West Kelowna Council heard an update on the city’s 2040 Transportation Master Plan at this week’s regular meeting (April 5).
The first phase of consultation was carried out by HTR Corporation and James Laurence Group. The consultation took place in February and March of this year with partners, stakeholders and the public.
“This phase was focused on understanding current transportation challenges and identifying opportunities,” said Debbie Cox, President and Senior Partner, James Laurence Group. “Later, a consultation will take place around a future recommended transport network. This will take place later this year. It was just about getting people’s ideas on what works and what doesn’t.
The consultation process involved online and in-person events that included community pop-up displays and an open house. Cox told council he’s heard of a need for safe bike lanes, more sidewalks, improved public transit, connected community roads that work for all users, roadway improvements. emergency and evacuation and equitable access for all.
“We did everything we could to make sure we heard from young people, old people and people of varying abilities,” she said. “We’ve heard that residents want safe bike paths for everyone aged eight to 80. “We also heard ‘more public transit, more often to more areas, including low-income areas of the city.’ Additionally, residents want connected sidewalks, pathways, streets and transit.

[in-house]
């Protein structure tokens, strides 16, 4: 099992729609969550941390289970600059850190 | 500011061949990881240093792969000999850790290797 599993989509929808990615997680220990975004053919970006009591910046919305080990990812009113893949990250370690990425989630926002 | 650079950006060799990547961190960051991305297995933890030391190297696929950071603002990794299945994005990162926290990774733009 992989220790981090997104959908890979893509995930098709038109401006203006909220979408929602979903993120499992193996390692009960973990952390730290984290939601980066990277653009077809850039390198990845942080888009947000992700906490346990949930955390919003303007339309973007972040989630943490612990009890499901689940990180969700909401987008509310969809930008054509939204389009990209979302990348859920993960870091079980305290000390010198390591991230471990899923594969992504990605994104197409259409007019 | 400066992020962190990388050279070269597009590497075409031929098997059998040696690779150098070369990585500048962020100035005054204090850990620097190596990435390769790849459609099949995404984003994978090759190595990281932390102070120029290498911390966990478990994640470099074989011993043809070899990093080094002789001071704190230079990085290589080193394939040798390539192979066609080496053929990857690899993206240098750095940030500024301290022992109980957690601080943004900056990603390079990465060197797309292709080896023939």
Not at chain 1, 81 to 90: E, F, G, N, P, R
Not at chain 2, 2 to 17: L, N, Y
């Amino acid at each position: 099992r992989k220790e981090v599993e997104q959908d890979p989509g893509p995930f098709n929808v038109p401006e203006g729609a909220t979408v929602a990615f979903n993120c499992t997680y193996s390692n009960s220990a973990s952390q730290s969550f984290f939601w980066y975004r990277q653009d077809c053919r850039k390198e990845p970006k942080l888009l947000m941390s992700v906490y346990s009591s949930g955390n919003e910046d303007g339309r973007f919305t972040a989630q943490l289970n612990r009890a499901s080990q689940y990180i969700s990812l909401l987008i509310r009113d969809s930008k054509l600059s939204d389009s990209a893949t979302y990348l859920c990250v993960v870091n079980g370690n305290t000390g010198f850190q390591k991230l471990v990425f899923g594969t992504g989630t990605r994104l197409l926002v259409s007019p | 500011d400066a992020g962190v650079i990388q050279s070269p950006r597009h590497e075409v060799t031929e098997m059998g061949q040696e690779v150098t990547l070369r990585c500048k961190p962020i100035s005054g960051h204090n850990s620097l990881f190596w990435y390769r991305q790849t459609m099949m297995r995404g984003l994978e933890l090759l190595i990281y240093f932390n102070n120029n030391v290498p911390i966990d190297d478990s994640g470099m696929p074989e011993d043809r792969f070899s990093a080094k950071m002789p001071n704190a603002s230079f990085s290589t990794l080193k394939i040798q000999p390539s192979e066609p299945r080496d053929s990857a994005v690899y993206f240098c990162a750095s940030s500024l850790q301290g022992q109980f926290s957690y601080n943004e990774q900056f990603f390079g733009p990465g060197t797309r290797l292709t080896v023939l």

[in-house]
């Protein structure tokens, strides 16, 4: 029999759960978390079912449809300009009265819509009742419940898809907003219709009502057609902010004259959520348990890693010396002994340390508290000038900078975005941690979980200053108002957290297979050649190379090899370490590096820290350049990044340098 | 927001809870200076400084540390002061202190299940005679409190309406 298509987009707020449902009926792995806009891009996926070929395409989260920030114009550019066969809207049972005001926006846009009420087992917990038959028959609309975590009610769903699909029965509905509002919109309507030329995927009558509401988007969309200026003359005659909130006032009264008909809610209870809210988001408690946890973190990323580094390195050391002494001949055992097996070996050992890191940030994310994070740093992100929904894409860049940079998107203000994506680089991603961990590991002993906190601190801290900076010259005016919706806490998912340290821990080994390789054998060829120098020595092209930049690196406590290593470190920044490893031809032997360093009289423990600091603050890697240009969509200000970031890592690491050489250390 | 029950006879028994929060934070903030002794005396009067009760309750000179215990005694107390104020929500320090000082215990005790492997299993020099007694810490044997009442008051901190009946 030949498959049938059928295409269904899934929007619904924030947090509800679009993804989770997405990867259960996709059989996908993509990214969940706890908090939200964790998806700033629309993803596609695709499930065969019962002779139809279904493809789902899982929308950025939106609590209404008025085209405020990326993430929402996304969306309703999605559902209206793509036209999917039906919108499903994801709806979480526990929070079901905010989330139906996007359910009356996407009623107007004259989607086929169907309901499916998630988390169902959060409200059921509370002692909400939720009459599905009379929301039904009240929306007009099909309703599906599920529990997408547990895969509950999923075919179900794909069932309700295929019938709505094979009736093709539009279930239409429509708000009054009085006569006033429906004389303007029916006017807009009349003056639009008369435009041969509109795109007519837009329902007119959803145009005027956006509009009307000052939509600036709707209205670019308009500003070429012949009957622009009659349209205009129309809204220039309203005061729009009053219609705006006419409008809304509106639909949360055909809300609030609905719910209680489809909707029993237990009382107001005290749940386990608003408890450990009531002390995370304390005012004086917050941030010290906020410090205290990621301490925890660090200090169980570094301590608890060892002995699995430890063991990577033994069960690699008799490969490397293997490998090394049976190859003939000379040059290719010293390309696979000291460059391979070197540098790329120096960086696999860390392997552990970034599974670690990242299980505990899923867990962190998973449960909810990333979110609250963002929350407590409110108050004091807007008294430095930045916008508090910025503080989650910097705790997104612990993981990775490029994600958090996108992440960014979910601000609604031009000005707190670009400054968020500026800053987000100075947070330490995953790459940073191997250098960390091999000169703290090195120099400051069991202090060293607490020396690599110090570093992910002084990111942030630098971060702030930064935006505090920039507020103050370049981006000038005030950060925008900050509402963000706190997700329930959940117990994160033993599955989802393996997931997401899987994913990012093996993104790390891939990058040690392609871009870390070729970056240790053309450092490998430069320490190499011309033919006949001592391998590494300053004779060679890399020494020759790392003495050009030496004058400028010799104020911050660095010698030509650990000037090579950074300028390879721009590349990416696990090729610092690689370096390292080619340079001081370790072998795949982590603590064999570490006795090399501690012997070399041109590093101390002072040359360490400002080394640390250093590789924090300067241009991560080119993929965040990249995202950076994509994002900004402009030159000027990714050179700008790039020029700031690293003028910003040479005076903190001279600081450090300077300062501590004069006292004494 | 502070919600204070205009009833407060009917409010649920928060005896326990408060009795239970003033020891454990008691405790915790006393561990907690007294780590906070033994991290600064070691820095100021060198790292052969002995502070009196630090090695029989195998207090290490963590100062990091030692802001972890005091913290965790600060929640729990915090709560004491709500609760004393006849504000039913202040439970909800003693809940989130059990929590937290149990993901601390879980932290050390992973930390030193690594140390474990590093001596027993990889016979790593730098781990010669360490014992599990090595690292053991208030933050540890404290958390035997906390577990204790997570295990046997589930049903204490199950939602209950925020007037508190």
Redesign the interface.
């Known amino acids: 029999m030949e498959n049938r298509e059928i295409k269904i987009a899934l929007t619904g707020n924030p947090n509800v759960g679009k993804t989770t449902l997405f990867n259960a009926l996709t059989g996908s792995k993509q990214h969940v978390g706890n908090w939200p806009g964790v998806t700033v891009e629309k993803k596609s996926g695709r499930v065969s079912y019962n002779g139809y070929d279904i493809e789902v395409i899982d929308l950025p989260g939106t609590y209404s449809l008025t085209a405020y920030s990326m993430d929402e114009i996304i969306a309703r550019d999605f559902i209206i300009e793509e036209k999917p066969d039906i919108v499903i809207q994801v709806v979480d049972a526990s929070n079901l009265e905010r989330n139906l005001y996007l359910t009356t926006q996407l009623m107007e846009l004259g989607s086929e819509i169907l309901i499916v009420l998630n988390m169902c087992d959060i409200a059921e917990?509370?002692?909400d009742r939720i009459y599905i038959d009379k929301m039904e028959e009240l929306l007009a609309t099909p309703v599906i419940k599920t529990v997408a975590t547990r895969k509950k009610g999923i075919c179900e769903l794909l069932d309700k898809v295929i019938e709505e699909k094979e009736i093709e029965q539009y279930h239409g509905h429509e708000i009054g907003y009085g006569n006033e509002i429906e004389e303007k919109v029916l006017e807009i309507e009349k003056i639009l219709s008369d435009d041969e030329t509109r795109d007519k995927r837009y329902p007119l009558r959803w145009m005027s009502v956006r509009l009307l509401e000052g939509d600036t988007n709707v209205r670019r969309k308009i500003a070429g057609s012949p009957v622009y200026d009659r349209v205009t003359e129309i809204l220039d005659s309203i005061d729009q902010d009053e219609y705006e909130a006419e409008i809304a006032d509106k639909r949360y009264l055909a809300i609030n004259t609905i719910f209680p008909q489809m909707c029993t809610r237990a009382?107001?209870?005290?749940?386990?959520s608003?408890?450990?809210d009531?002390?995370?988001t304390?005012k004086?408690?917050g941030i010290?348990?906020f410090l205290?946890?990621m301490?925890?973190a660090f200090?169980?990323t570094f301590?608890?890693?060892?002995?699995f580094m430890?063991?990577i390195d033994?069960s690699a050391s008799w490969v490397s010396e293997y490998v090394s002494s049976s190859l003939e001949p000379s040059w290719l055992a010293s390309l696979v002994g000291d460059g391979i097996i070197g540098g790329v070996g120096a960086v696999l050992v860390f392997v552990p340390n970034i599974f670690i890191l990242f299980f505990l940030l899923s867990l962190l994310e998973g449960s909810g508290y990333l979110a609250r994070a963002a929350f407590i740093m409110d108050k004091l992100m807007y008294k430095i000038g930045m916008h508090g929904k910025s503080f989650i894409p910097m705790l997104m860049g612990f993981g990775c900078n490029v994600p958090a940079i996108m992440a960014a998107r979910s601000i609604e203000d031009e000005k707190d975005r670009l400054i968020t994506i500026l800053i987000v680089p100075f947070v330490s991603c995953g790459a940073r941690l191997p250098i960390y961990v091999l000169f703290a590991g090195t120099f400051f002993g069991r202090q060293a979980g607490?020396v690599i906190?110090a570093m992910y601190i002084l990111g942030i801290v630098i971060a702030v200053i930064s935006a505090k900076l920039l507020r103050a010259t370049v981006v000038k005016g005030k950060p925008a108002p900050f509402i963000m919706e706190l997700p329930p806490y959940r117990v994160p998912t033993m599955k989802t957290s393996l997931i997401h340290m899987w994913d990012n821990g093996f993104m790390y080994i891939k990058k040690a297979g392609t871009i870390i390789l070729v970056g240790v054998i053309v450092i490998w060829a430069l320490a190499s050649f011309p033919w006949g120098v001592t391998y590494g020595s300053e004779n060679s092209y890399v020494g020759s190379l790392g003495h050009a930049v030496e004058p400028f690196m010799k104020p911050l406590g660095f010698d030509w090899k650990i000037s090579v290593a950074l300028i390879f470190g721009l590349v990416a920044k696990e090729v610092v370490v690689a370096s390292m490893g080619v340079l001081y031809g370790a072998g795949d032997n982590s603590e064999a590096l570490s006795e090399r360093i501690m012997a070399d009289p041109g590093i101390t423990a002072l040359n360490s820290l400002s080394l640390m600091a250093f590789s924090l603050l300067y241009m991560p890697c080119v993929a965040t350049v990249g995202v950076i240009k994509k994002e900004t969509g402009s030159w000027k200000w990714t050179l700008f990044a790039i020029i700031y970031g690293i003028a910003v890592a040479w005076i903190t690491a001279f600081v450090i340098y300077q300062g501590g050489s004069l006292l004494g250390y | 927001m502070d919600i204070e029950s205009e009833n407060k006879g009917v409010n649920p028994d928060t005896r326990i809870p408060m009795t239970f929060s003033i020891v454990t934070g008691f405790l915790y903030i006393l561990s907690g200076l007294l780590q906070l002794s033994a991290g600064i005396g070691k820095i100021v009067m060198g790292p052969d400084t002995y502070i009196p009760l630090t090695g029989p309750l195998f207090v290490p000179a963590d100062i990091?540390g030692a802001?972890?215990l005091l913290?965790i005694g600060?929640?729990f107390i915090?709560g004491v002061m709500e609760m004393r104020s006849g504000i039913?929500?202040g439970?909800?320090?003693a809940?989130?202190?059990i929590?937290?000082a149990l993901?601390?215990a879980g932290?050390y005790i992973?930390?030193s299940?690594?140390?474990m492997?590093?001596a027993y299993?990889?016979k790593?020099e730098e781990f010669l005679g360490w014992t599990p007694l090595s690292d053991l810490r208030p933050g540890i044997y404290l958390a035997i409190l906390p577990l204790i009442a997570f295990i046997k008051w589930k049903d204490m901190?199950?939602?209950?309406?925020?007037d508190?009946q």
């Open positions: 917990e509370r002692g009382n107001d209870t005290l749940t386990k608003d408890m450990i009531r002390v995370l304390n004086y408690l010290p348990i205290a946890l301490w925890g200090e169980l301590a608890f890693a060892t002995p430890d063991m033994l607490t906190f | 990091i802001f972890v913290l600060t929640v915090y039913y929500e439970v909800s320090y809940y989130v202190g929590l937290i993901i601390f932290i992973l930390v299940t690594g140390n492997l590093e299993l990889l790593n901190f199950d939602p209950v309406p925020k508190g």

Mayor Gord Milsom was impressed with the public comments.
“We’ve had very good feedback,” he said. It was well thought out and comprehensive, and covered many different aspects of the transport issue.
Councilor Carol Zanon raised concerns about residents who may not have been heard during the consultation.
“We have to be careful considering who didn’t participate in this study and we have to make sure that despite everything, it’s our responsibility to monitor them as well,” Zanon said. She also raised concerns about sidewalks in the Smith Creek neighborhood, especially with new and planned home construction in the area.
“You can’t walk to the Westbank Center from there at all. If we talk about connectivity between neighborhoods and also to the center, I hope it will attract attention,” added Zanon. “Another place that I know of that doesn’t have a vibrant neighborhood association is around the Rose Valley area. I don’t see anything about their neighborhood, so we have to make sure we take their concerns into account. »
The report to council also highlighted concerns about safe and accessible routes in and out of all neighborhoods for emergency personnel and residents in the event of an emergency or evacuation. The safe and efficient evacuation of residents in the event of a forest fire or flood is an important consideration for transportation planning.
Many existing neighborhoods lack adequate access and egress due to narrow roads and inadequate turning areas for large vehicles. All new development work underway should provide emergency access and egress roads, the report says.
City CouncilCity of West KelownaTransportation